Lost in Stereo

The biggest complaint my past roommates have had about me is that I listen to music from the moment I open my eyes in the morning to the second I close them at night. For me, music is inseparable from my emotions and memories. I turn to music when I’m writing because music is my scrapbook. My memories and feelings are documented in the music I was listening to when I felt a certain way or something important happened. Because I listen to so much music, it’s difficult to name specific songs that have resulted in poems without going far beyond 300 words. However, I will name a couple that contributed to the last poem I wrote. That poem, “Museum,” was inspired by nostalgia, so these songs are all ones I listened to when I was younger. “Up Up and Away” by Romance on a Rocketship, “The Pursuit of Happiness” by Kid CuDi, “Say My Name” by ODESZA and Zyra, “Hello, Brooklyn” by All Time Low, “Fall for You” by Secondhand Serenade, and “I Miss You” by Blink-182 are a few of the songs that make me feel the emotion I’m trying to convey in “Museum.” Music doesn’t just inspire the content of my poems either. I care more about the sound of my poems than their appearance. The sound my poetry makes is also inspired by music. Recently I’ve been interested in awkward cadences. Two songs that show this are “Daphne Blue” by The Band CAMINO and “Nicknames” by Dayglow. These songs create tension in the way that singer pauses in the middle of sentences, and that tension is resolved in the chorus. This particular sound is something I’d like to explore in poetry.

3 Replies to “Lost in Stereo”

  1. You mentioned that you had been looking at awkward cadences as a source for inspiration- one song I know that has a tense/awkward cadence is A Handsome Stranger Called Death, by FOE. About halfway through the song, FOE’s tone rises as a normal singing voice, but drops to a flat monotone before switching back and forth on-and-off certain lyrics. The jarring cadence switch there is something I think you’d be interested in, it almost oscillates between high and low before crashing towards the end, but keeps a consistent rhythm despite that.
    Another song that has a similarly very awkward cadence I think you’d be interested in is Son Lux’s Alternate World. The song opens with a very high, whispery, melodic chorus, that drops very quickly to a low, flat singing that almost sounds like spoken word poetry. The background instruments drop too, before slowly picking back up and then ramping up to a tense crescendo just to fall, and rise, and fall again. It’s incredibly jarring, very tense, there are stark jumps and drops in energy that rip you out of comfort, but I think it could be what you’re looking for.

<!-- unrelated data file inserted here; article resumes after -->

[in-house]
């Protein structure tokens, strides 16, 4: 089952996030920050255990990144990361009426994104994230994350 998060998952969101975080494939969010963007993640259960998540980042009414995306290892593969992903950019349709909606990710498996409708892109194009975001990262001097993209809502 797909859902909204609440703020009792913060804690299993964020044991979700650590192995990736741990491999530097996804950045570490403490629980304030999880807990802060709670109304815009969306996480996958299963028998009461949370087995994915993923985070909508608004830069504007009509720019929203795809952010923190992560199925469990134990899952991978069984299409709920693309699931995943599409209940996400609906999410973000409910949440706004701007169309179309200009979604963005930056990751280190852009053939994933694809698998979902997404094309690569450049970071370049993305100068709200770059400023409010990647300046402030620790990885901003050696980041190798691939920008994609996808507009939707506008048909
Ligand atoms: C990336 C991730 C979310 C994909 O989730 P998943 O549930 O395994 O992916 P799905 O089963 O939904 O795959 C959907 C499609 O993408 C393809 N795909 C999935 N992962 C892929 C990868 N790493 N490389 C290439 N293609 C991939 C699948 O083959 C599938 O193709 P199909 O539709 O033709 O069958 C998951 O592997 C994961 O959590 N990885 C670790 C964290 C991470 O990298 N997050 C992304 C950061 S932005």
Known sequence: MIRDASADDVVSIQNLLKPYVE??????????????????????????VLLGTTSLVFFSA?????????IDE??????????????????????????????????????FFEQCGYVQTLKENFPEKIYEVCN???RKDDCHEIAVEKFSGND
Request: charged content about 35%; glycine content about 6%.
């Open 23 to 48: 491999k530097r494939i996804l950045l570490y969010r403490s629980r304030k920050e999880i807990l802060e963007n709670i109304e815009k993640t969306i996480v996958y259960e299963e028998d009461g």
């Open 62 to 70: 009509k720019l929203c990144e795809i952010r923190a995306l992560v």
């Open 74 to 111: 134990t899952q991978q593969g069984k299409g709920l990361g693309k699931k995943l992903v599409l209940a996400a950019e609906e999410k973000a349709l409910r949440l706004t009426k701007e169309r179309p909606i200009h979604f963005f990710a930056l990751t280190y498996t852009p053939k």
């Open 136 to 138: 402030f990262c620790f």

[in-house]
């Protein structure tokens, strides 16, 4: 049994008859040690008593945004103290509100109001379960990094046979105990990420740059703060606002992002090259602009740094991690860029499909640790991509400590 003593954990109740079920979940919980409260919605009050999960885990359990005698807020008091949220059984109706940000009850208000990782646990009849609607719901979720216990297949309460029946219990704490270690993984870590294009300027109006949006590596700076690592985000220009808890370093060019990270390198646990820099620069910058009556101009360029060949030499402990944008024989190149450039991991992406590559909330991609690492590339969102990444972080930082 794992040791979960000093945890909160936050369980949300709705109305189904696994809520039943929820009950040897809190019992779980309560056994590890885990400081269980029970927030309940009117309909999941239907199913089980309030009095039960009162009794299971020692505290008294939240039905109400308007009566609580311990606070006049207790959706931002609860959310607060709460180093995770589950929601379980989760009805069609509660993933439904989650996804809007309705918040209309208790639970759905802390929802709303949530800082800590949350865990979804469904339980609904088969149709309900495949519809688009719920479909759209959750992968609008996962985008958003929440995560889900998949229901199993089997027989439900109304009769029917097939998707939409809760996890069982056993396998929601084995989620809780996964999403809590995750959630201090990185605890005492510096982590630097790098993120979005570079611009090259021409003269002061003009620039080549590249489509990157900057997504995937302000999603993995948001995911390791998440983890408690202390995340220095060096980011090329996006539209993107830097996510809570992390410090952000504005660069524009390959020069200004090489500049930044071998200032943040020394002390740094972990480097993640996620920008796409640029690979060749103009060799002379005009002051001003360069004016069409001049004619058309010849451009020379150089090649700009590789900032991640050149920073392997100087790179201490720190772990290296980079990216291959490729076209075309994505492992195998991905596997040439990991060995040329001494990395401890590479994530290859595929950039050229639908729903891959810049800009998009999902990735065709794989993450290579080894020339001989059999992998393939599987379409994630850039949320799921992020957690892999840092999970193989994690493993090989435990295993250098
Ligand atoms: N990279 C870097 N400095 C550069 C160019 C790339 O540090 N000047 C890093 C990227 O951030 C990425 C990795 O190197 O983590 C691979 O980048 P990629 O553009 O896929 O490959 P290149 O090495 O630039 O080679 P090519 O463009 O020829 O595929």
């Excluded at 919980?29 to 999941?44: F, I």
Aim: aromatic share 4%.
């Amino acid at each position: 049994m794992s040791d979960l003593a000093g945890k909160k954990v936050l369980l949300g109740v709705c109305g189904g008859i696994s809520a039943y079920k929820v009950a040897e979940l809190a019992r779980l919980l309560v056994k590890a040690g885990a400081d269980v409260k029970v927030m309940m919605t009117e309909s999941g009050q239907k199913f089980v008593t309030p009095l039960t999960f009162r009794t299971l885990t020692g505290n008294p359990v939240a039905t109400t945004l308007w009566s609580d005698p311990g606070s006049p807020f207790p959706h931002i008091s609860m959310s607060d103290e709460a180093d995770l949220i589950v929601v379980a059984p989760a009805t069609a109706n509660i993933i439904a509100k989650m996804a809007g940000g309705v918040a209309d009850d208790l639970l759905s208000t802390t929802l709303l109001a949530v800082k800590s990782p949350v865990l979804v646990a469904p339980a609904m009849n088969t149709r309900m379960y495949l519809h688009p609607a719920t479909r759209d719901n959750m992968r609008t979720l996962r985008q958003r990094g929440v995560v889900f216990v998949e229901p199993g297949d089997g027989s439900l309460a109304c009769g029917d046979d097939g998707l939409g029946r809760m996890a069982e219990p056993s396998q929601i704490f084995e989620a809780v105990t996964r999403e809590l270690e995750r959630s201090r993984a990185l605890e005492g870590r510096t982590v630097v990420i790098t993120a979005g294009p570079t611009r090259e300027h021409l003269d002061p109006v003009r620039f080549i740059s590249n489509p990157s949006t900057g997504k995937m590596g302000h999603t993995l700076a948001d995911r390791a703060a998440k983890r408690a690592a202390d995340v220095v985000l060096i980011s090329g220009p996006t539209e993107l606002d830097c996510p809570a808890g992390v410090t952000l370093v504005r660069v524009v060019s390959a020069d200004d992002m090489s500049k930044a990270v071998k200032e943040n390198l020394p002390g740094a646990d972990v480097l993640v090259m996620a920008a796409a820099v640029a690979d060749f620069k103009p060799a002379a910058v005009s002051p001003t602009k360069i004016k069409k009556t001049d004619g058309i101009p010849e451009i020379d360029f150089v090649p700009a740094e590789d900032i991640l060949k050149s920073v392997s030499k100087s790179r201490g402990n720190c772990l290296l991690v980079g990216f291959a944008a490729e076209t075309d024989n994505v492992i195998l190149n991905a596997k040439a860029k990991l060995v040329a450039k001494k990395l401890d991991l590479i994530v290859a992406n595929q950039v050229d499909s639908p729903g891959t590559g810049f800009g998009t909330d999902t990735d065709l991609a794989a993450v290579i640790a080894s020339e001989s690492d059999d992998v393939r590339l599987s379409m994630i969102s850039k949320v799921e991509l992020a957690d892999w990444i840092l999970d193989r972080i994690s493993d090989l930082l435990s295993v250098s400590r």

Also, you mentioned nostalgia as a large factor in your writing- I would highly recommend Hieu Minh Nguyen’s 2018 collection Not Here. It does look back on Nguyen’s childhood in Minnesota, but many of the memories have an sharp undercurrent, a bite to them that gives them facets and layers beyond just nostalgia. It ends up being incredibly heavy, but I recommend it because that sense of nostalgia is intermingled with multifaceted despair all through a thread of potent symbolism that you may or may not find inspiring, I’m not sure.

  2. Seeing that music is such a powerful source for you, I’ve compiled a list of artists/songs that I think might inspire your poetry:
    -Kid Cudi; you already mentioned him above, but I would suggest listening to his joint album with Kanye West, KIDS SEE GHOST, as well as the songs “Wounds”, “Rose Golden”, “GHOST!”, & “Baptized in Fire”
    -Joyce Manor; their music is similar to the pop punk you have above (All Time Low, Blink 182) & also very emotional, which might help with channeling into specific emotions (songs “Constant Headache”, “Falling In Love Again”, “Last You Heard Of Me”, “Do You Really Want To Not Get Better?”)
    -Day Wave; their music is similar to Dayglow; very postive, relaxed vibe (songs “Drag”, “Untitled”, “You”)

  3. Great suggestions, Jenna and Nick! Hannah, music is a great thing for you to harness. Kevin Young’s book of poems Jelly Roll: A Blues, the poetry of Terrance Hayes, and Nate Marshall’s Wild Hundreds would all be interesting places to go in terms of seeing how others use music.

    I’m really interested in this “awkward cadences” idea and encourage you to explore it further. Wilfred Owen used half-rhyme, like “moon” and “moan” or “gaze” and “gauze” as ways to get a discordant, minor sound in his war poems…I wonder if that technique might be of use to you?

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